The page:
Saturday, July 10, 2010

Saturday of 14th Week (Year II)/Memorial of the BVM on Saturday

Isaiah 6:1-8 / Matthew 10:24-33

In 1990, the spacecraft Voyager 1, having completed its work in the solar system, turned back to the Earth to photograph our world from across the gulf of 3.7 billion miles of the void of space. In this photograph, the Earth appears as a small speck, a pale blue dot from which the photograph has received its name, a mere pixel against the immensity of the universe. Inspired by this photograph, Carl Sagan, astronomer, astrophysicist, cosmologist, author and atheist, wrote a book titled after the photograph in which, among other things, he dismissed as unjustifiable hubris and irrationality the continuance of belief that the human race has some purpose in the universe, that indeed the universe is made for us, rather than to see ourselves as the tiniest motes of insignificant dust in a remote backwater of the galaxy. As he said in a commencement address in 1996:

The Earth is a very small stage in a vast cosmic arena ... Our posturings, our imagined self-importance, the delusion that we have some privileged position in the Universe, are challenged by this point of pale light. Our planet is a lonely speck in the great enveloping cosmic dark. In our obscurity, in all this vastness, there is no hint that help will come from elsewhere to save us from ourselves ... It has been said that astronomy is a humbling and character-building experience. There is perhaps no better demonstration of the folly of human conceits than this distant image of our tiny world.

On Sagan's view, the scientific sense, at once frightening and humbling, that we are in a freefall with nothing to hold us up in a universe coldly indifferent to us, our goals, our dreams and our deeds, stands in contrast to what he takes to be the religious (and thus, to him, superstitious and irrational) view of the world, viz. that the universe is small and tidy, reflecting easily our own experiences of tellurian reality, with the human race at its physical and moral center. That we live, in other words, in a universe made for us.

Yet, in this regard, Carl Sagan had gotten it all backwards. On his atheistic view, while the universe may have no ultimate purpose, nor we have any purpose within it, nonetheless our goals and actions are no less important than any other activity of any other part of the cosmos. If we feel small, we cannot surely be unimportant since there is nothing in itself important or unimportant except as we choose to deem it so.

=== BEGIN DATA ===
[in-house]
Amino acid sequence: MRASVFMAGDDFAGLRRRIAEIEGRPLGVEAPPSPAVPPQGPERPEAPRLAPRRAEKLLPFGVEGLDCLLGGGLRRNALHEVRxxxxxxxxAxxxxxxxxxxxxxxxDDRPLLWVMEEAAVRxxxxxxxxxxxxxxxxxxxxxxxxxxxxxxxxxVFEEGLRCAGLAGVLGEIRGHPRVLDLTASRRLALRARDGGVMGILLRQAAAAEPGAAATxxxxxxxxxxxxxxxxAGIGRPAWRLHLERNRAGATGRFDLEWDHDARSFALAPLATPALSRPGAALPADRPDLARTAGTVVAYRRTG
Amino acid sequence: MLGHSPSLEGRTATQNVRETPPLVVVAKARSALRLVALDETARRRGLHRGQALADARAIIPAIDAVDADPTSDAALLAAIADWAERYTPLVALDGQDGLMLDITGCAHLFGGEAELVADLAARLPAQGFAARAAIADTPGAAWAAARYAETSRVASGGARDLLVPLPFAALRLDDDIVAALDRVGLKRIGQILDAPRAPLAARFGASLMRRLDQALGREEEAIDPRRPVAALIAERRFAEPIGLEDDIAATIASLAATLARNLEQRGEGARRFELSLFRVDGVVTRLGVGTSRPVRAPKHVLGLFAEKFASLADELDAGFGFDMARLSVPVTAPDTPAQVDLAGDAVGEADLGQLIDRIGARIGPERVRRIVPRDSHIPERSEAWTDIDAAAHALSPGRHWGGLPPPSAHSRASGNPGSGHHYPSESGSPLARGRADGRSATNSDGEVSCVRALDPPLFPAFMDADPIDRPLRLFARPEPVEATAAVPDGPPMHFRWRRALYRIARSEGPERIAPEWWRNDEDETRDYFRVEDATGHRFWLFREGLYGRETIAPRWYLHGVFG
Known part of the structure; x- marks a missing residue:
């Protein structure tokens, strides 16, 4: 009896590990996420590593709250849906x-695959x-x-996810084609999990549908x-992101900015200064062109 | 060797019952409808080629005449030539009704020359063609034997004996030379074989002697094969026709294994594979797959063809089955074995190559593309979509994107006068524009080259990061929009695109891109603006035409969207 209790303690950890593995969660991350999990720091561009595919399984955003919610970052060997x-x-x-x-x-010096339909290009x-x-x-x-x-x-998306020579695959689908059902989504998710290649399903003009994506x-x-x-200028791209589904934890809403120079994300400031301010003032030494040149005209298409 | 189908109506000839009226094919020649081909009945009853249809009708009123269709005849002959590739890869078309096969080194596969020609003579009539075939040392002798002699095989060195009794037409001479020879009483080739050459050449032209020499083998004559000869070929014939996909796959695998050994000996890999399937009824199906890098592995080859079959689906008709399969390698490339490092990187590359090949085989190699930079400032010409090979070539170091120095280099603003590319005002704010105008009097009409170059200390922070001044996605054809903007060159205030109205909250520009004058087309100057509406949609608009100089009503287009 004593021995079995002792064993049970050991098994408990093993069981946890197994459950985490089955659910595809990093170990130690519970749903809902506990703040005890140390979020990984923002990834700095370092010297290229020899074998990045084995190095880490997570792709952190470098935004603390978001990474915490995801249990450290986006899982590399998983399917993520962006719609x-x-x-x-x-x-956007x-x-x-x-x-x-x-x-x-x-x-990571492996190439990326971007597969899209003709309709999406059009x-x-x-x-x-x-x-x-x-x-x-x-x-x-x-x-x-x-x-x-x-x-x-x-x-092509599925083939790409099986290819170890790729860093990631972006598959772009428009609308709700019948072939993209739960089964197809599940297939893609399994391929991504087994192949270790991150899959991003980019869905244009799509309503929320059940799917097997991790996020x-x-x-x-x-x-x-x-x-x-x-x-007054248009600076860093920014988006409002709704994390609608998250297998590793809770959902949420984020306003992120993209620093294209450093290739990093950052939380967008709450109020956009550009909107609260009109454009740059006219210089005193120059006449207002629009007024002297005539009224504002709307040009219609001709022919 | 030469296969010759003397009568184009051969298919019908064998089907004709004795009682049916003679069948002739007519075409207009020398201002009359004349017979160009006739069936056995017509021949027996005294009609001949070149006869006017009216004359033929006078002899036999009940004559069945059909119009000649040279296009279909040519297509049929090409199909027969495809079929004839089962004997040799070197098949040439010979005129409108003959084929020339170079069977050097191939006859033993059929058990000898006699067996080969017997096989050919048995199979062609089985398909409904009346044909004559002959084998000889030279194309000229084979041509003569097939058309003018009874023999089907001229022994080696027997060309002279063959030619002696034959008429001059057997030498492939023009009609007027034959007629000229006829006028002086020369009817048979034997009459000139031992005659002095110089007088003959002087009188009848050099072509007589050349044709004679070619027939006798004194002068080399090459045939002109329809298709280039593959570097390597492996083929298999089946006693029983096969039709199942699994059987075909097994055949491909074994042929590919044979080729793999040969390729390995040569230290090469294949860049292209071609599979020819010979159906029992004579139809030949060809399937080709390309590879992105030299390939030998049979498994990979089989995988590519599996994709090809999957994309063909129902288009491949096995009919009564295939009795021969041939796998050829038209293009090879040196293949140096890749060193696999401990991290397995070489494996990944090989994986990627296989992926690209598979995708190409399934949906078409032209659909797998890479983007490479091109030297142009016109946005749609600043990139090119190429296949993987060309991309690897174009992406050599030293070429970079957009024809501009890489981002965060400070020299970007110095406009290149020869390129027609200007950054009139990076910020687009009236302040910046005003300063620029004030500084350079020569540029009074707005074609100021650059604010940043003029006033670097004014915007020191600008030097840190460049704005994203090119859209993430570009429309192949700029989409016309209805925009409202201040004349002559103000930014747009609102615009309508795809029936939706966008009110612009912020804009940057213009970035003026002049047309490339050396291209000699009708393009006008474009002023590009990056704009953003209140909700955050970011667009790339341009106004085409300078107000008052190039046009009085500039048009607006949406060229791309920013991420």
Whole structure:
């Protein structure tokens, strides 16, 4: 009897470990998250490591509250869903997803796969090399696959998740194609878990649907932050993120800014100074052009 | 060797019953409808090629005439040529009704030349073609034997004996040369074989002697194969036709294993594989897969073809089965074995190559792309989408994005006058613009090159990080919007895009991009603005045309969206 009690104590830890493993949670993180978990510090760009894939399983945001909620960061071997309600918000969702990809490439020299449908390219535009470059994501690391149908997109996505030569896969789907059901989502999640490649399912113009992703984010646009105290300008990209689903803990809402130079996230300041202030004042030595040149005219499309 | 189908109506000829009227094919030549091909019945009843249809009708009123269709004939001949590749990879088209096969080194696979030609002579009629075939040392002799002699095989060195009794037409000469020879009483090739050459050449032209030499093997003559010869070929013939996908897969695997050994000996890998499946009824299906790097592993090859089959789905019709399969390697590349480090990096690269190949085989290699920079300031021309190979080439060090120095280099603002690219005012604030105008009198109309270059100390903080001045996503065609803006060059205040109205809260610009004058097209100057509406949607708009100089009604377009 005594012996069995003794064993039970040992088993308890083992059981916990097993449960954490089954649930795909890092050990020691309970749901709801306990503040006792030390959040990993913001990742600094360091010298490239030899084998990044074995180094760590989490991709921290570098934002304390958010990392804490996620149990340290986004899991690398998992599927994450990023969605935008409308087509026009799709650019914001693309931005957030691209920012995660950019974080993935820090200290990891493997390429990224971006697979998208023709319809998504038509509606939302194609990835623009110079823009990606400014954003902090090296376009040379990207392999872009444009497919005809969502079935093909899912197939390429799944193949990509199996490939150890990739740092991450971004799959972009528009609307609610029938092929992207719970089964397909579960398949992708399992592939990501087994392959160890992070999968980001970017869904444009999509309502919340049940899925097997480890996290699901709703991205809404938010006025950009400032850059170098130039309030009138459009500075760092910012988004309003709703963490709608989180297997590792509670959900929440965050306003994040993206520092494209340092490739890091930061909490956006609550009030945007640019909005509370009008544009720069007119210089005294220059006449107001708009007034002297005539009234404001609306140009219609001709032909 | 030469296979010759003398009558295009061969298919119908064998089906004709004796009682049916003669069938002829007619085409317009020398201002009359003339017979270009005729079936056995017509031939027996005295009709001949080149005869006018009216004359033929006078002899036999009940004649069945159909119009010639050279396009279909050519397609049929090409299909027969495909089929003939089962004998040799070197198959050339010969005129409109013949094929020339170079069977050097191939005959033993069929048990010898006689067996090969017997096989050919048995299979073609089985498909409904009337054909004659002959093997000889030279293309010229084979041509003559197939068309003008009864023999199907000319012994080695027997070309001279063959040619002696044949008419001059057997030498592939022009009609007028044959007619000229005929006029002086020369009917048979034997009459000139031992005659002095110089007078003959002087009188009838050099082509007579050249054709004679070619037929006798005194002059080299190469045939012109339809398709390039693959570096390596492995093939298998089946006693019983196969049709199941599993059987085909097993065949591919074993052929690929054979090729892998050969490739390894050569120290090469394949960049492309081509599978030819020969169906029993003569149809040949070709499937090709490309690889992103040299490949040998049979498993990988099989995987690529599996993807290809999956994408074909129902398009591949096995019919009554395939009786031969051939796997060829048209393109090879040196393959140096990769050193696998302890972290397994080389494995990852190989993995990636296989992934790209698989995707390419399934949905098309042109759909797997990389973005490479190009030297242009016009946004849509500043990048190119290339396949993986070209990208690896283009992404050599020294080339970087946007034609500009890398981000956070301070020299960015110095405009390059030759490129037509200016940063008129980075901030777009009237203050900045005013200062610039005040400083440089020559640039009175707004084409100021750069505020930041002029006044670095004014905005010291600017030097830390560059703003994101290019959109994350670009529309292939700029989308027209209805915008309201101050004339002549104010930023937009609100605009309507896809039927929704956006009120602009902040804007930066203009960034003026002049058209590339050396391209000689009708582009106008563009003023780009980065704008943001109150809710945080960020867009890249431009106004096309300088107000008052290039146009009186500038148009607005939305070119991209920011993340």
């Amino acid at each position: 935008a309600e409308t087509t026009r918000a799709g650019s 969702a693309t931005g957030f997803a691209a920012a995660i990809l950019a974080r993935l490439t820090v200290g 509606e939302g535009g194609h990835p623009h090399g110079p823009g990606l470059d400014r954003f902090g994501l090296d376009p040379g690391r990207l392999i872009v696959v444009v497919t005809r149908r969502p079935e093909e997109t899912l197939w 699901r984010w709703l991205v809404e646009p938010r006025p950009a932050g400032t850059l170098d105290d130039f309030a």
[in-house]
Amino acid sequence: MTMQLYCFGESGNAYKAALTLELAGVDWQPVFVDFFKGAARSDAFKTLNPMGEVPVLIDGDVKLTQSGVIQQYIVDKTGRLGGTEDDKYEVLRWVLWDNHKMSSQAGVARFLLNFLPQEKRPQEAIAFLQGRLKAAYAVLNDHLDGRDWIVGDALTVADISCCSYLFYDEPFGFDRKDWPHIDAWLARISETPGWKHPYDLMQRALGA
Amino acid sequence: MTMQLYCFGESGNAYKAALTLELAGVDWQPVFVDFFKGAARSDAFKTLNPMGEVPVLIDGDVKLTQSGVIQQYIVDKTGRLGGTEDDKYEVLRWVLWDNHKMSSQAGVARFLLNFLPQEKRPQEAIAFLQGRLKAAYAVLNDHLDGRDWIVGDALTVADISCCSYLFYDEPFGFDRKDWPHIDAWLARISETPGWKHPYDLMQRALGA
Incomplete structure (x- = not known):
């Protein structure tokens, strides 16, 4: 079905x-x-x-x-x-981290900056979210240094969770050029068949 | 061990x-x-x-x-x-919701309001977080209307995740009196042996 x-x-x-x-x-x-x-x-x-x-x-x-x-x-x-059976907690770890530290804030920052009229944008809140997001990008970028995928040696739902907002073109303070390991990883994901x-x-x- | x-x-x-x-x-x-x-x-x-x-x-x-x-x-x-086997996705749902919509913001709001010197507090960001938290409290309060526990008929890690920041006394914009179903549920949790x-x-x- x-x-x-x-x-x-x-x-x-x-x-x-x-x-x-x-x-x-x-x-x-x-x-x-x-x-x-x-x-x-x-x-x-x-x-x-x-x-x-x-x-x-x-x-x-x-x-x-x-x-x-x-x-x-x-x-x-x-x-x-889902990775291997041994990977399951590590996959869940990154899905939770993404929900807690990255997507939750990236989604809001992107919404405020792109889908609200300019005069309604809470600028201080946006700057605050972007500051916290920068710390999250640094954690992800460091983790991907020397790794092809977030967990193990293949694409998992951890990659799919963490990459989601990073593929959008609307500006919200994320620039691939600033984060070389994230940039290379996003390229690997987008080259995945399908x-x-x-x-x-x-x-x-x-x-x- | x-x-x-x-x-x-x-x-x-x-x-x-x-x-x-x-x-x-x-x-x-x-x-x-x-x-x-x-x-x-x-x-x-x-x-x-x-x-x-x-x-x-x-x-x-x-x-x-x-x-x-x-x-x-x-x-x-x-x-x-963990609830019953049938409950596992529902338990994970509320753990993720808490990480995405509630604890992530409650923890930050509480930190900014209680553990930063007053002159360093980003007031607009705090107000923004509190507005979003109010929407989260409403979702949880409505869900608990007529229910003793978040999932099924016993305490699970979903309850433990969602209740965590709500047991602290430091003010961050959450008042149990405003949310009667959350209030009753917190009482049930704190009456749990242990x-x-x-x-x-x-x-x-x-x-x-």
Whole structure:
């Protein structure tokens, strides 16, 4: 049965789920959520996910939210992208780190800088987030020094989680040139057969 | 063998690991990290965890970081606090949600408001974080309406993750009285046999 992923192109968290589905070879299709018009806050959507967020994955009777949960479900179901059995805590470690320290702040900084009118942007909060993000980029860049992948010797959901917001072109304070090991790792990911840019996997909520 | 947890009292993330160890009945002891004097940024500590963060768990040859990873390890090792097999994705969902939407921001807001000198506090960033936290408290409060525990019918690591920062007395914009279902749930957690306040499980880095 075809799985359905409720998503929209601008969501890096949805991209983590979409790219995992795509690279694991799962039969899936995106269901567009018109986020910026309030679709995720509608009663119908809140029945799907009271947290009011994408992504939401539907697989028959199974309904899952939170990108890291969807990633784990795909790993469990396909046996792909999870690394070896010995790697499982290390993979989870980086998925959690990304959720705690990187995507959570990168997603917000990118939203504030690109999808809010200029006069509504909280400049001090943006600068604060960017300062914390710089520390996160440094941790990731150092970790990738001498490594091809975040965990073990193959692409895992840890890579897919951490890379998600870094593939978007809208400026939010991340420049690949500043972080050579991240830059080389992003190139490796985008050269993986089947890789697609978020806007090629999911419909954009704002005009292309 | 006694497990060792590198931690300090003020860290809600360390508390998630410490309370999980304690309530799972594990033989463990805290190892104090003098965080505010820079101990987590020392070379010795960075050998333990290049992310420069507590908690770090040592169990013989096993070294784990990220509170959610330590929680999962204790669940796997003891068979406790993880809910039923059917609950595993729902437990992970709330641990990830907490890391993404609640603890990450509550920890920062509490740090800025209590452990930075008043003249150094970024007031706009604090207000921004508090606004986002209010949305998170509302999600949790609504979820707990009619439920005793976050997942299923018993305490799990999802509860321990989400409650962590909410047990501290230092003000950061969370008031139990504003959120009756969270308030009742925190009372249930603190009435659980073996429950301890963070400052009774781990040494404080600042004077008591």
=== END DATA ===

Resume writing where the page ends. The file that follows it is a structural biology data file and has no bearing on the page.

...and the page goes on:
On the other hand, it is the religious view that is in truth profoundly, even disturbingly, decentering. In the face of a majesty and glory of the living God, the prophet Isaiah can merely proclaim in dread: Woe is me, I am doomed! Behind Jesus' teaching about the worth of a sparrow or the counting of hairs upon our head, there surely lies the anxiety in his audience that in a world of divine purposes, our lives and actions are surely not center-stage, not of lasting significance, of no account to the august vision of a majestic God who guides the course of the cosmos.

Indeed, it is only from this latter perspective, only when realizing how fully we ought to expect our own lives to be of no account in a world governed and directed by God Most High, that the vision of Isaiah and Jesus' teaching about divine providence can have their full impact. Now we see the joyous news that despite what we might imagine, despite the awesome glory of God, he yet seeks out a messenger of dust and clay to bear his Word for the saving of his people and of all the peoples of the world. Despite the grandeur of God's purpose, he nonetheless cares to count the very hairs of our head.

This means that all of our affirmations and denials, all of our actions on behalf of or rebellions against the purposes of God are never insignificant. In a world where the fate of the whole cosmos turned on the simple affirmation of the Maid of Nazareth, a pale blue dot in the remote backwaters of Palestine, we cannot afford the adolescent rebellions of insisting that we make our own meaning nor the self-serving sloth of retreat, assuring ourselves that in our smallness we cannot mean anything to the grand sweep of the stellar void. Like the Virgin, like Isaiah, we have been called in our nothingness to bear the Word to the world. When God seeks a messenger, are we ready to say and believe in the world of the prophet: Here I am, Lord, send me!